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Addressing sexual assault: the "red zone"



The “red zone” is a vulnerable and dangerous time period for sexual assaults involving the newest incoming class. It can last anywhere from the first six weeks of school, stretching from Labor Day to Thanksgiving in other instances.

More than 50 percent of sexual assaults occur between August and November, according to the 2007 Campus Sexual Assault Study.

When 15 Hofstra freshmen were asked about the “red zone,” none had heard of it or been educated on it.

“The NFL red zone?” asked freshman Cristian Scobell.

Freshman Elaina Sullivan echoed Scobell’s confusion. “I’ve never heard of the red zone… they  just told us to be safe… like staying in groups with people,” she said.

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According to Business Insider, a Journal of American College Health study found that there is “substantial” support for the red zone. According to the study, more reports of unwanted sexual advances are made during the earlier part of the academic year, especially towards freshmen.

Two freshmen stated they had already heard of or have been in contact with fellow freshmen that had been assaulted.

“I know cases of it,” said freshman Trey Jackson. “They weren’t fully aware of what happened though. They haven’t talked about it again.”

According to the United States Centers for Disease Control and Prevention, “in a study of undergraduate women, 19 percent experienced attempted or completed sexual assault since entering college.”

If this federal government statistic was applied to Hofstra’s 2013 fall semester student intake, approximately 689 undergraduate Hofstra women will be assaulted during their four years here.

“I haven’t seen anything while I’ve been out,” said freshman McKenzie Smith. “I’ve heard instances from people, like attempted sexual assault. They went to the Wellness Center, and it did help. I think they would have been better off to call [Public Safety] that night, but they waited until the next day.”

Hofstra has instituted resources for sexual assault victims, but it is unclear if students know when, where and how they can be available.

“Hofstra is certainly aware of risks for college students and we care very much about the community and healthy relationships,” said Assistant Vice President for Student Affairs, Jean Peden Christodoulou.

Hofstra has recently revamped their sexual assault policy, which can be found in the newly released 2014 Annual Security & Fire Safety Report.

“We want to both create an environment where campus is safe and also [create] an environment where people will report it and feel comfortable doing so,” said Christodoulou.

According to the report, “sexual misconduct consists of non-consensual sexual contact, non-consensual sexual intercourse and sexual exploitation.”

All three are defined in the report, as well as what consent is, isn’t and can be: “consent means the active, knowing and voluntary agreement to engage in sexual activity without coercion or fear or threat of harm.”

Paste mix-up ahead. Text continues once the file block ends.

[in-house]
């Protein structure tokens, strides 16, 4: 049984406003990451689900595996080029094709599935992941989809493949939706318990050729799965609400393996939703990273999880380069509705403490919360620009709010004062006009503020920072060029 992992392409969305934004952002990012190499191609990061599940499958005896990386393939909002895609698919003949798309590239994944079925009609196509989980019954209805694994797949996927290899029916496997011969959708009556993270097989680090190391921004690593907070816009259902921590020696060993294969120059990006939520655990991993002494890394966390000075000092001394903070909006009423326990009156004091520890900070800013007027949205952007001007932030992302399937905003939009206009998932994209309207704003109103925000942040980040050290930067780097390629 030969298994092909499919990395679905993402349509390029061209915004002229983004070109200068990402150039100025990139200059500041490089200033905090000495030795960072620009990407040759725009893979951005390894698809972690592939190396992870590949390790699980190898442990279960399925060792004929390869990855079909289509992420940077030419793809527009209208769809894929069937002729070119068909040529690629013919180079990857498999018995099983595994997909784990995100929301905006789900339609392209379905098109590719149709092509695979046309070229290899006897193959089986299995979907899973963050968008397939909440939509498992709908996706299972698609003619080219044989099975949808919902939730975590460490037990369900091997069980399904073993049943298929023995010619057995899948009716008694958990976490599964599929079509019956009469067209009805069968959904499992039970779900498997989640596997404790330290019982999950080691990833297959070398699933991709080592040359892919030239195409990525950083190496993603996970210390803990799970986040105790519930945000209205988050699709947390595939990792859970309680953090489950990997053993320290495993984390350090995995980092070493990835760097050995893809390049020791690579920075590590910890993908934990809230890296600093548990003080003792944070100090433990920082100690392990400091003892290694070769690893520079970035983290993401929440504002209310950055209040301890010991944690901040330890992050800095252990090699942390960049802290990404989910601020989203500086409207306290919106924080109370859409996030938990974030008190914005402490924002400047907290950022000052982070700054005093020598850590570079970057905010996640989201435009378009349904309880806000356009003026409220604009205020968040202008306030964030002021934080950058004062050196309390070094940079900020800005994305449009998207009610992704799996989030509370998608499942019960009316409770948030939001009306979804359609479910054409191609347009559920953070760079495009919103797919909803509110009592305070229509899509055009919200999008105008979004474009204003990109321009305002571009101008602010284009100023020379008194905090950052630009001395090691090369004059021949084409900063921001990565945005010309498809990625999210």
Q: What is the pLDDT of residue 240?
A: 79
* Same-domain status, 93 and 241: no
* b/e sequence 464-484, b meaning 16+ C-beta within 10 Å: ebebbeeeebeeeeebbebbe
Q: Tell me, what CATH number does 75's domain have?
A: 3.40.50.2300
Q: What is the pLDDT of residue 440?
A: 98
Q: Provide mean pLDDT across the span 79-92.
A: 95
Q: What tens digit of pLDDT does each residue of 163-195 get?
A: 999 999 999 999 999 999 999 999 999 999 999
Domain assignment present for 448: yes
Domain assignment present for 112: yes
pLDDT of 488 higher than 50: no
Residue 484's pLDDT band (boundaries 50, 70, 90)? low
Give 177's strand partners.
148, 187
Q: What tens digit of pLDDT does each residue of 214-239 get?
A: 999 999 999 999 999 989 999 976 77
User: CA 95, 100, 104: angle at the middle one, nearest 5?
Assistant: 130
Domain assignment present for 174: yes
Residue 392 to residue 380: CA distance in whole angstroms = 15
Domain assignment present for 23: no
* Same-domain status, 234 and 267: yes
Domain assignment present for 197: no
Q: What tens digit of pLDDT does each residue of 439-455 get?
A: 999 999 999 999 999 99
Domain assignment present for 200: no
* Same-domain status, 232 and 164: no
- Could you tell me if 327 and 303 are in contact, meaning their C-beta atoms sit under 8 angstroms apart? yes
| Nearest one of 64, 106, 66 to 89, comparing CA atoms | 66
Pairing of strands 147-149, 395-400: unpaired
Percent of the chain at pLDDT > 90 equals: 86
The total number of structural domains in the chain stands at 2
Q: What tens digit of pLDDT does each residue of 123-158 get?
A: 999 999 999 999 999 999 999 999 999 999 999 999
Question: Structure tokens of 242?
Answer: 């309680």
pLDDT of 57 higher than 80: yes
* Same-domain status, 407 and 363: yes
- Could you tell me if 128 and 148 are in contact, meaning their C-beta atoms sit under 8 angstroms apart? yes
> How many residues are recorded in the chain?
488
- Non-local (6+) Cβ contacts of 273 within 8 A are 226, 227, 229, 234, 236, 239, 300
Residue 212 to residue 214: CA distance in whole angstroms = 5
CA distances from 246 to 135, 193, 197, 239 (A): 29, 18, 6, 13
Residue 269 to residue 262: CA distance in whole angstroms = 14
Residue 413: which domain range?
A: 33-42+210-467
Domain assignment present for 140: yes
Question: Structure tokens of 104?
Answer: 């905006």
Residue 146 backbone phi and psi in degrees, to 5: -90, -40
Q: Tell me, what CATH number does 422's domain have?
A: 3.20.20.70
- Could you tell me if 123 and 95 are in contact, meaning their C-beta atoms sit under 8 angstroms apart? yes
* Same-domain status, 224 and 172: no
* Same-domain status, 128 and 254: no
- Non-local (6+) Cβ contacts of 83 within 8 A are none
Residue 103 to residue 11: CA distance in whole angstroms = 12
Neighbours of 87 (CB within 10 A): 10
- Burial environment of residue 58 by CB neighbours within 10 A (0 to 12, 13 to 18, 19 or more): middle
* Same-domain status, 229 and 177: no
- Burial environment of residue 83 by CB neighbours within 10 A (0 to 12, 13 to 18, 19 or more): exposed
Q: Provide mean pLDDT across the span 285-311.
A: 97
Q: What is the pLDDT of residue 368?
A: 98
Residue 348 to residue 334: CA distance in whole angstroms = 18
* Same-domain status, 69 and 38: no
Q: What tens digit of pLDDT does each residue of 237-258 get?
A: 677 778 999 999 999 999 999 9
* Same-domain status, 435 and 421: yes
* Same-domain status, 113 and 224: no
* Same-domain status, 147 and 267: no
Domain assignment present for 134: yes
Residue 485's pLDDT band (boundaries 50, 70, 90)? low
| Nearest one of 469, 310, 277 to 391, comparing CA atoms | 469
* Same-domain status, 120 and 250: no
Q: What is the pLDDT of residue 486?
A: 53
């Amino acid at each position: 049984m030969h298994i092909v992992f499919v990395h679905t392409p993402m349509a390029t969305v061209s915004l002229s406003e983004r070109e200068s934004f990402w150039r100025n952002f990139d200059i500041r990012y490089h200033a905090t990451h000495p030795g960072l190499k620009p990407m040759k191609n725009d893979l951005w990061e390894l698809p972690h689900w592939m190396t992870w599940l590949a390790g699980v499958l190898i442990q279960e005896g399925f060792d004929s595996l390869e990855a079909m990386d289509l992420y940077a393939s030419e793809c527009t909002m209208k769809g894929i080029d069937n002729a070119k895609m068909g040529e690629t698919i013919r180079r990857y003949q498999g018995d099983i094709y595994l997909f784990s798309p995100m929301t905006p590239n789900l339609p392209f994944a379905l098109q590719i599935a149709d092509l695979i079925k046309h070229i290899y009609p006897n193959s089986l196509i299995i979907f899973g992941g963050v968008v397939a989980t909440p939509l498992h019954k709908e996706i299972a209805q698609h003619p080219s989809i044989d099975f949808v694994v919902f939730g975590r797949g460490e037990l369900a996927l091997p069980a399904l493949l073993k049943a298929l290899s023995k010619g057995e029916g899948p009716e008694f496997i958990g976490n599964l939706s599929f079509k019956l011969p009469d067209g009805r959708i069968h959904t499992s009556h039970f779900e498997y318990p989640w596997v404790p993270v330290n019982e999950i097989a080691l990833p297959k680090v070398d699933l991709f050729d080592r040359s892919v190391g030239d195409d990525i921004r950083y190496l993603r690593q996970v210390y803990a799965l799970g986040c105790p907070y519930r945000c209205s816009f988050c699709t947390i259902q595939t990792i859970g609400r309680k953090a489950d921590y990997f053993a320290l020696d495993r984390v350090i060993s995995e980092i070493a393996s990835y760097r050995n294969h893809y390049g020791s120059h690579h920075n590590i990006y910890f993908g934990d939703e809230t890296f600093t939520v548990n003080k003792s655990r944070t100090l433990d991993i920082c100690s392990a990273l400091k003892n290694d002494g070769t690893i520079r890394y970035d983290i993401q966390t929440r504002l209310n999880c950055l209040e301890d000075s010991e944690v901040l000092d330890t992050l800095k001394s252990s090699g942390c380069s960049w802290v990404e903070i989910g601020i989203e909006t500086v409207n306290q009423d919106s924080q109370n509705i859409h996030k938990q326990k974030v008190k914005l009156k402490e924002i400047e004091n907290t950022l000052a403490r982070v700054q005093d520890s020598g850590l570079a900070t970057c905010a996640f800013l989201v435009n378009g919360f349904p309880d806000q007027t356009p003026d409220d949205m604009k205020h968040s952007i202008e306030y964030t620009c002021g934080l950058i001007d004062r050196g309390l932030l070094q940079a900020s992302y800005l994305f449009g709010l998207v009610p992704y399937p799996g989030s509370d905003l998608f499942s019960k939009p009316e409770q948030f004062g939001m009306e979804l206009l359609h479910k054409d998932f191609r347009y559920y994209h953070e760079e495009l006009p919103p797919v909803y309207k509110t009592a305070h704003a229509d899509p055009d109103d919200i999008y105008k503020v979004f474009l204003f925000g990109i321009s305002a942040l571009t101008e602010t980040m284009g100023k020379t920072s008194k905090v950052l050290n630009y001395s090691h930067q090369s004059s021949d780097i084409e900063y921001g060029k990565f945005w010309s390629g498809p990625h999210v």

“So these kinds of things are covered in RA training. Student conduct issues are spoken about including issues that first years go through,” said Christodoulou. “We actually just held in-service training about the new policy, what to look for… we are always open to suggestions too, though.”

At freshman orientation this past summer, all incoming students were required to watch a skit developed by orientation leaders, according to Christodoulou. This video used the euphemism of borrowing a student’s cellphone to relate to sexual relations. Although you may have used someone’s “phone” before, it does not mean that you are entitled to use it again, that you don’t have to ask to use it first or that you can take it by force. If you see someone take someone’s cellphone or harass them for it, you should step in and say something.

“We are trying to help make Hofstra be a place where students look out for each other, and articulate their rights,” said Christodoulou.

Some freshmen believe that the resources are available to them, but are unsure of their ultimate use. Others said they would call Public Safety, 911 or tell their RA if they or a friend was assaulted. Many students were confused as to the exact protocol that could be followed.

“They talked about it at orientation…but it would help if you had a boy RA and a girl RA. In my house we have no girl RA, so I have no choice but to talk to a boy,” said freshman Virginia Kemp.

“I know you can call Public Safety… and there’s a counseling center but I don’t know where it is,” said freshman Ana Bencatel.

Others feel as if the same mantras of “being safe” and “protecting yourself” have begun to fall on deaf ears.

“Even if the RA’s say something it’s not like we are going to listen, we listen to people all the time, another 30-minute meeting is just another thing to sit through,” said freshman Jeff Lin.

Freshman Adam Artell shared some of Lin’s opinion.

“It’s more like if you haven’t seen or heard of an experience you aren’t particularly worried,” Artell said.

Hofstra is still only in the beginning stages of the red zone.

According to Christodoulou, events are being planned, meetings held and student-administrator communication opened, to ensure that sexual assault violence and awareness are brought to light.

Still, some feel as though Hofstra may be lacking in its response.

“For the most part, we have been encouraged to seek out resources, but that doesn’t mean, I think, that everyone has the courage to use them,” said freshman Matt Mogavero.

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